Cult Video

Here, the same Femalien premise has been transformed into--on the one hand--an artsy investigation into the paranormal, and--on the other hand--five nearly nude chicks sitting around a sauna remembering when they were completely nude. Either way, "A" for effort, "I" for incoherence. The saunettes enjoy using words like "epiphany." I had one and I was fully clothed: The button labeled EJECT.


In Happy Gilmore, a doofus applied hockey skills to golf. Here, a dreamer thinks his baseball talent will make him rich on the links. Like the game, Swing is fairly pleasant, but real slow going. Duffers may enjoy the pace. For the rest of us, watching this golf movie is as entertaining as, well, watching golf. PAUSE.

New Horizons

Despite the title, it's cheaper to film in daylight than at night, so the producers tossed out years of vampire lore, scheduled morning shoots and hired martial artist Don "The Dragon" Wilson to show that kung fu and head butts are better than a cross or a stake through the heart for fighting the undead. Thankfully, the feral Wilson has almost no dialogue in his silent but deadly quest to destroy a disco-hopping vampire cartel led by the elegantly slithery Nicholas Guest (brother of Spinal Tap's Nigel Tufnel!). Stylishly derivative, Hunter proves that bad movies don't have to stink. PLAY.

BMG Video

Mr. Weepy meets Mr. Creepy and darn if I wasn't rooting for the disturbing James Remar to beat some sense into the simpering "male" lead. A yuppie reunites with a down-and-out mystery man who once saved his life and utters the words you should never say to anyone: "Why don't you stay in our pool house?" Things don't go swimmingly, especially for the woefully neglected Suzy Amis. She should have ditched both crybaby husband and her agent. EJECT.

New Line Home Video CC

"If at any time you feel overwhelmed, disengage the activity and return to your starship." Such were Femalien's instructions. Whoopie Goldberg lacked a similarly perceptive escape clause and her latest movie was thus sentenced straight to video. Whoever advised co-starring with a guy in a dinosaur suit--which is frankly more flattering than the latex gear Whoopie is shoehorned into--needs to take a meeting with a certain weird killing machine. In fact, everyone involved should. Silly, but not silly enough for kids, I watched until I didn't think or feel like a human being anymore. If you want me, I'll be in my starship. BULK ERASE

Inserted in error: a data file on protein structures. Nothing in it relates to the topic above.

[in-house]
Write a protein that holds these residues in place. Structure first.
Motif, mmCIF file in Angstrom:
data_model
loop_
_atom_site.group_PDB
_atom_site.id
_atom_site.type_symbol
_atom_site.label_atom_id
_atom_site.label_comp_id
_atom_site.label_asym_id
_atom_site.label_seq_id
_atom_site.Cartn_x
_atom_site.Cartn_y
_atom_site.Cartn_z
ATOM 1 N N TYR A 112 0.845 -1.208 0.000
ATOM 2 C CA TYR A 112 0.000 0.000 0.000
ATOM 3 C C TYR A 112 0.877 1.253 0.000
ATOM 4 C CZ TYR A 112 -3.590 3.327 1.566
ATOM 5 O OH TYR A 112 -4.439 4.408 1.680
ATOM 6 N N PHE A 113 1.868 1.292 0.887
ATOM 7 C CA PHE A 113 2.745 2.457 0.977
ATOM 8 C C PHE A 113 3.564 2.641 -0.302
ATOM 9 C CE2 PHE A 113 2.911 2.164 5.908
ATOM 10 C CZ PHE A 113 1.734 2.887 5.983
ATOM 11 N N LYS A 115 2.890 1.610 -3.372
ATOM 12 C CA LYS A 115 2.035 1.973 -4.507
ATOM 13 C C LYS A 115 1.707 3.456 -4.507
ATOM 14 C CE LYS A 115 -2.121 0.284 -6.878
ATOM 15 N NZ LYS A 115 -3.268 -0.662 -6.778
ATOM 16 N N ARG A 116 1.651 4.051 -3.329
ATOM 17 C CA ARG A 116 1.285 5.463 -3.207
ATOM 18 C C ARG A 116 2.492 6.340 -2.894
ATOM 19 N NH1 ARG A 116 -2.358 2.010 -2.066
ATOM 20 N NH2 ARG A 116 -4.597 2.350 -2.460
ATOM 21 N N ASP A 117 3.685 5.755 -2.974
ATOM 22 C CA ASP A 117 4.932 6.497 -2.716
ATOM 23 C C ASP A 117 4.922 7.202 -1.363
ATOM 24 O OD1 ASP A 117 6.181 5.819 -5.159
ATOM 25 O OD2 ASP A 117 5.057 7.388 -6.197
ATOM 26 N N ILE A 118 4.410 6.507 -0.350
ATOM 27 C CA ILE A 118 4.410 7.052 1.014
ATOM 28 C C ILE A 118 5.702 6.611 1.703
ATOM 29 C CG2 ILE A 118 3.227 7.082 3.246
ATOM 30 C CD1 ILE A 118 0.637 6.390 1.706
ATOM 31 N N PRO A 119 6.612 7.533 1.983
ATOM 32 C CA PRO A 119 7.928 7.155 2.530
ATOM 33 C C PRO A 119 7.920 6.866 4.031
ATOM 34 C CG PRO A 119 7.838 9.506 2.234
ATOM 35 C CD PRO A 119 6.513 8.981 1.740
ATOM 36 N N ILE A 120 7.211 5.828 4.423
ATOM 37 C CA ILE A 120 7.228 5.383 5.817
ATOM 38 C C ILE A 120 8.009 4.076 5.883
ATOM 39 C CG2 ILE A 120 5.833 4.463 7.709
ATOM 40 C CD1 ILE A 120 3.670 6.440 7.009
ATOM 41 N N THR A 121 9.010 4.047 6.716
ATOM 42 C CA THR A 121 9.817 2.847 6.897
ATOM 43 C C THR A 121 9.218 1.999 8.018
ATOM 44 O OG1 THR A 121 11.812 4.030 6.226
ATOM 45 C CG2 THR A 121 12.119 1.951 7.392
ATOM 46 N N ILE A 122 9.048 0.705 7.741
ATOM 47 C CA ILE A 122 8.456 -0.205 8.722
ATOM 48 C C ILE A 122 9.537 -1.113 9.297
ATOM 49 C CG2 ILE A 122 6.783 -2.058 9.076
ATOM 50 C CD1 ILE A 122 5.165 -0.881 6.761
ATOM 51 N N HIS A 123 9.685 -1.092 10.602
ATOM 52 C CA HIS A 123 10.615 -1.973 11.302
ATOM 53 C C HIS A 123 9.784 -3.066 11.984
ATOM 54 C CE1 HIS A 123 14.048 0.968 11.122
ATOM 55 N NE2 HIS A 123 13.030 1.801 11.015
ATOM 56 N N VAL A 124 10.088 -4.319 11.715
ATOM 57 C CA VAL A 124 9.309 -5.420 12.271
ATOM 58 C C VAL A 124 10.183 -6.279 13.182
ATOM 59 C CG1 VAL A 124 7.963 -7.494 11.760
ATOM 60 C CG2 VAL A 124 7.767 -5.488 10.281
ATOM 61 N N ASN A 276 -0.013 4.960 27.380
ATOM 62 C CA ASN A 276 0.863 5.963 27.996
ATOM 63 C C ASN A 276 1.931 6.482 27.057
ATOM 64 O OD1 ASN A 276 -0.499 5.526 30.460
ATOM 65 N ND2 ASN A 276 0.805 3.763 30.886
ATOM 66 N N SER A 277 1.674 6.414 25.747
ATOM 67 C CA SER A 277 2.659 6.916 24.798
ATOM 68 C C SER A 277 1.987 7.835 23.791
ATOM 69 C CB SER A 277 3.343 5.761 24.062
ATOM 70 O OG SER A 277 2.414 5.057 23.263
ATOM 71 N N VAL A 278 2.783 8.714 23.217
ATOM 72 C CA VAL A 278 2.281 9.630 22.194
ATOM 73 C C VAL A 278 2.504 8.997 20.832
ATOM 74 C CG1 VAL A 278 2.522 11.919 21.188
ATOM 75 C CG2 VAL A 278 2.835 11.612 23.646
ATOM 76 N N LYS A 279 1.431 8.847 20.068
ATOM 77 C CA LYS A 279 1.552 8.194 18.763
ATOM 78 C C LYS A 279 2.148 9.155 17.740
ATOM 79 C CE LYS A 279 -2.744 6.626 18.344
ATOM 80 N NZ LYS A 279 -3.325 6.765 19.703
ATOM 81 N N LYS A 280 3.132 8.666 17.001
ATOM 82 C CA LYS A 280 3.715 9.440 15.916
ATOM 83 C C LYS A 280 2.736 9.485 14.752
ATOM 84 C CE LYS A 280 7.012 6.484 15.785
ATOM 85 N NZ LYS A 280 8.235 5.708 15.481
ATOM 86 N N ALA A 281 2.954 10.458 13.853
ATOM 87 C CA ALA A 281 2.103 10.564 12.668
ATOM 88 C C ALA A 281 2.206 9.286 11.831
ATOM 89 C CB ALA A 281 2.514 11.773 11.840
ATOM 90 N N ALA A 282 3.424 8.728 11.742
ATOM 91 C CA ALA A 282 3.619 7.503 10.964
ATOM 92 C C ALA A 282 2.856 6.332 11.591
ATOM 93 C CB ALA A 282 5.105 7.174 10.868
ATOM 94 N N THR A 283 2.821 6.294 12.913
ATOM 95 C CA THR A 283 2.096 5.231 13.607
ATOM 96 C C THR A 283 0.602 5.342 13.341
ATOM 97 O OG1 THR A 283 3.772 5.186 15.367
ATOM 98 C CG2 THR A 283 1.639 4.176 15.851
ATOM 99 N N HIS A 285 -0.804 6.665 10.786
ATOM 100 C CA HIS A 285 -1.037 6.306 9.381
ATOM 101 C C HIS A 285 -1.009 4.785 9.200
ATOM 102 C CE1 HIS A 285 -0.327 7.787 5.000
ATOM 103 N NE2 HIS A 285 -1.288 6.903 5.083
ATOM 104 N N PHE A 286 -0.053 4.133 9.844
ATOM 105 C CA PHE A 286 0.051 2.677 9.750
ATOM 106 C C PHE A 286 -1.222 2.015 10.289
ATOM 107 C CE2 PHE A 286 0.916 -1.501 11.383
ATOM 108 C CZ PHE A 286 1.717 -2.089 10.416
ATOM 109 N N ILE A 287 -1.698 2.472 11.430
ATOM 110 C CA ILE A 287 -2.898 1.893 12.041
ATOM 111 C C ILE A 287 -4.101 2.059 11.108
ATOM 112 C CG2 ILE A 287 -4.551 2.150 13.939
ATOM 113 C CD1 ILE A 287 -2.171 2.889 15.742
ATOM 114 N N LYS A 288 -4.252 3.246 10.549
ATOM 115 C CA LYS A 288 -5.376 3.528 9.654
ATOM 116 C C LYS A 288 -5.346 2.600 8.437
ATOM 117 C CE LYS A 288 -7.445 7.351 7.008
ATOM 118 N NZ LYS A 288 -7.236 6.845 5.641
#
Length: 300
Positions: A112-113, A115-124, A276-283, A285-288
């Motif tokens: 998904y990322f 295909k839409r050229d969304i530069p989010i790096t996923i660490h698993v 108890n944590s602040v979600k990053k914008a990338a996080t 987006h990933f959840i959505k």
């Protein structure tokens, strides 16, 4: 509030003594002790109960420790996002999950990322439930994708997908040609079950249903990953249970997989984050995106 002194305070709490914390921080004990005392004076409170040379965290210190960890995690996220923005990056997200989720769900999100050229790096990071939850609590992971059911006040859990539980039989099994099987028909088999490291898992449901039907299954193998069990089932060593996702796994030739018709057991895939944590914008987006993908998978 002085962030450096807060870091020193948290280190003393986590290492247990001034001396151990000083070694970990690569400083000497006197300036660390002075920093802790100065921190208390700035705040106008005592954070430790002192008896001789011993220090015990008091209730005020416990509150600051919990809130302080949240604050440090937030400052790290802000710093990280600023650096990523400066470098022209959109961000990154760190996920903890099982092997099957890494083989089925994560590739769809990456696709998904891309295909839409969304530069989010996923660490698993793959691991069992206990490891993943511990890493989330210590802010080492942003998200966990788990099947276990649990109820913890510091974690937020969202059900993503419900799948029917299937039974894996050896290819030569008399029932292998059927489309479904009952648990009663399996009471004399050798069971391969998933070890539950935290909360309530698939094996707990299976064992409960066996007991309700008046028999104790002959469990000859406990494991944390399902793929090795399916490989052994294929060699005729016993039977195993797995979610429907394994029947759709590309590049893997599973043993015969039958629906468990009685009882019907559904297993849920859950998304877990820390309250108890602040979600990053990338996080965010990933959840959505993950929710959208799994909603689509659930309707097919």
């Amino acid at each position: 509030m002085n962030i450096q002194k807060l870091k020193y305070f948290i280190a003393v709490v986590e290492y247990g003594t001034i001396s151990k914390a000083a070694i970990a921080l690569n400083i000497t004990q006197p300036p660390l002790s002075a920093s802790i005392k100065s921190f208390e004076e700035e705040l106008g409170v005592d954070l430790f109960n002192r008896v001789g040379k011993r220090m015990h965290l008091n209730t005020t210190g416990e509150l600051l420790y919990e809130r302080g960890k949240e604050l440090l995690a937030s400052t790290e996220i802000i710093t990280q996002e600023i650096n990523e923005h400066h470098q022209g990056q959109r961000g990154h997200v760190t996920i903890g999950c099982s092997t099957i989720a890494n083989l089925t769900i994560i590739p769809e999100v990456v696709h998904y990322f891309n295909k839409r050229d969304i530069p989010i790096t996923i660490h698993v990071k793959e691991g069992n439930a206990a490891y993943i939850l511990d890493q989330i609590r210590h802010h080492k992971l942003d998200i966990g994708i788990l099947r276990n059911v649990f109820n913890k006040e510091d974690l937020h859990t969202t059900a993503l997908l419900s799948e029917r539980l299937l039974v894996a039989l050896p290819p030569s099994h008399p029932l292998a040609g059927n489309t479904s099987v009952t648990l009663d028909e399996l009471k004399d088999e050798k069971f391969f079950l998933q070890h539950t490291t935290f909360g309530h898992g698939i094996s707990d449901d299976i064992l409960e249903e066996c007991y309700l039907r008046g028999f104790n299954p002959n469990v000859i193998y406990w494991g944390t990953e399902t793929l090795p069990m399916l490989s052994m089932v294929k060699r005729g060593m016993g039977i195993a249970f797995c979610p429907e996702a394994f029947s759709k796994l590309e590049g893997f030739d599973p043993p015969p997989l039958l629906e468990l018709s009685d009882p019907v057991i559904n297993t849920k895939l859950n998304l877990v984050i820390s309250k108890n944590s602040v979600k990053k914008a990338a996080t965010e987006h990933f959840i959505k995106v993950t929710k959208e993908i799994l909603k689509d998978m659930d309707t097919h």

Next: Jeepers, Creepers


New Line

Pointless! Insane! But, jeepers, what genius! The short take: Girl meets insect, girl loses insect, girl finds monkey. I hate to spoil it by explaining further. Though hyped as a Jennifer Connelly vehicle, it's not quite the buxom starlet we enjoyed in Mulholland Falls; here she's young enough to be her own daughter. This Euro-production sat on some shelf so long that Donald Pleasence returns from the grave to relay such mumbo jumbo as, "It's perfectly normal for insects to be slightly telepathic." This is proven when Jennifer is actually teamed with a fly to go detecting. INSANE! Jennifer, a student at "The Academy," has some unspecified power over bugs ("Insects never hurt me. I love all insects"), and, like Lassie, the fly returns to lead her to clues. The second-unit filmmaking is better than the first--lots of close-ups of emoting arthropods--and the FX budget went to poorly fake a firefly's light, but the ending is so stupefying--yet emotionally satisfying in a demented way--that it must be seen to be believed! PLAY.


What hath Tarrantino wrought? This recipe is becoming unappetizing: Get many quirky actors who, alone, cannot carry a picture, lump them together into a Quentin stew, add rambling disquisitions on conspiracies, Francis Scott Key and Ray Charles, sprinkle in mournful bottleneck slide guitar, wait 90 vague minutes and, voila! Burned again. Except for the very delicious desert of watching a guy relieving himself on Luke Perry. One never tires of watching that. EJECT


Curious. This may be anti-violence commentary, a slap at our cultural imperialism, complete with Western-style showdown. Or, it may be a regular slasher flick, the result of our cultural imperialism. While there are umlauts all over the credits, and the dialogue is dubbed--in redneck dialect even--the cast was clearly speaking English when they filmed this tale of a nebbish film editor named Ed who goes loopy after being forced to watch too many slasher flicks. But then, we are forced to watch, too, and it's hard to tell which scenes the filmmakers really believe in. Nice closing song about donuts, though. PAUSE.

Pulp Fantasy

The concept probably came from a comic-reading kid: Evil quadruplets, each endowed with different abilities--super-sight, -strength, -breasts, etc.--led by a guy who's just a huge head. But the horror aspects vie with the erotic-thriller production, resulting in a weird hybrid both smarter than it needs to be and really, really stupid. But good sport Jacqueline Lovell displays a sharp, Sharon Stonesque spunkiness (among other things that Stone also likes to display) which is worth noting. PAUSE.